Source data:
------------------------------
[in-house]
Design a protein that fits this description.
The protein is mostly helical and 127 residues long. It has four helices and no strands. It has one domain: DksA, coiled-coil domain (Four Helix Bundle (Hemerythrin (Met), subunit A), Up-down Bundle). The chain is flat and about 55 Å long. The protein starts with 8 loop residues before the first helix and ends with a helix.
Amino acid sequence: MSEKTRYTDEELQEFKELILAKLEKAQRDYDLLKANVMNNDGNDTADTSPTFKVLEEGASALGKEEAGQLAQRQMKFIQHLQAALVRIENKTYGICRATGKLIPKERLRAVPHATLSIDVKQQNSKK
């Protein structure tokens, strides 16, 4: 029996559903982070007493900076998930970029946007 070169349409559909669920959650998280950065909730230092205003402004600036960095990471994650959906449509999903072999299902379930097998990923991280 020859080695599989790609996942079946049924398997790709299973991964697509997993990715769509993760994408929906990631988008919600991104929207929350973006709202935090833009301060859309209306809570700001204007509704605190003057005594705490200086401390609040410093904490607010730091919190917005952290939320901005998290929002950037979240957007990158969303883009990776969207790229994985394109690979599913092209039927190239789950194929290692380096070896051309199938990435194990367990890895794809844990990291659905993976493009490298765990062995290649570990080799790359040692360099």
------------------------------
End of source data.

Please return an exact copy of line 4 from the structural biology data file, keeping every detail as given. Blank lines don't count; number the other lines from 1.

Amino acid sequence: MSEKTRYTDEELQEFKELILAKLEKAQRDYDLLKANVMNNDGNDTADTSPTFKVLEEGASALGKEEAGQLAQRQMKFIQHLQAALVRIENKTYGICRATGKLIPKERLRAVPHATLSIDVKQQNSKK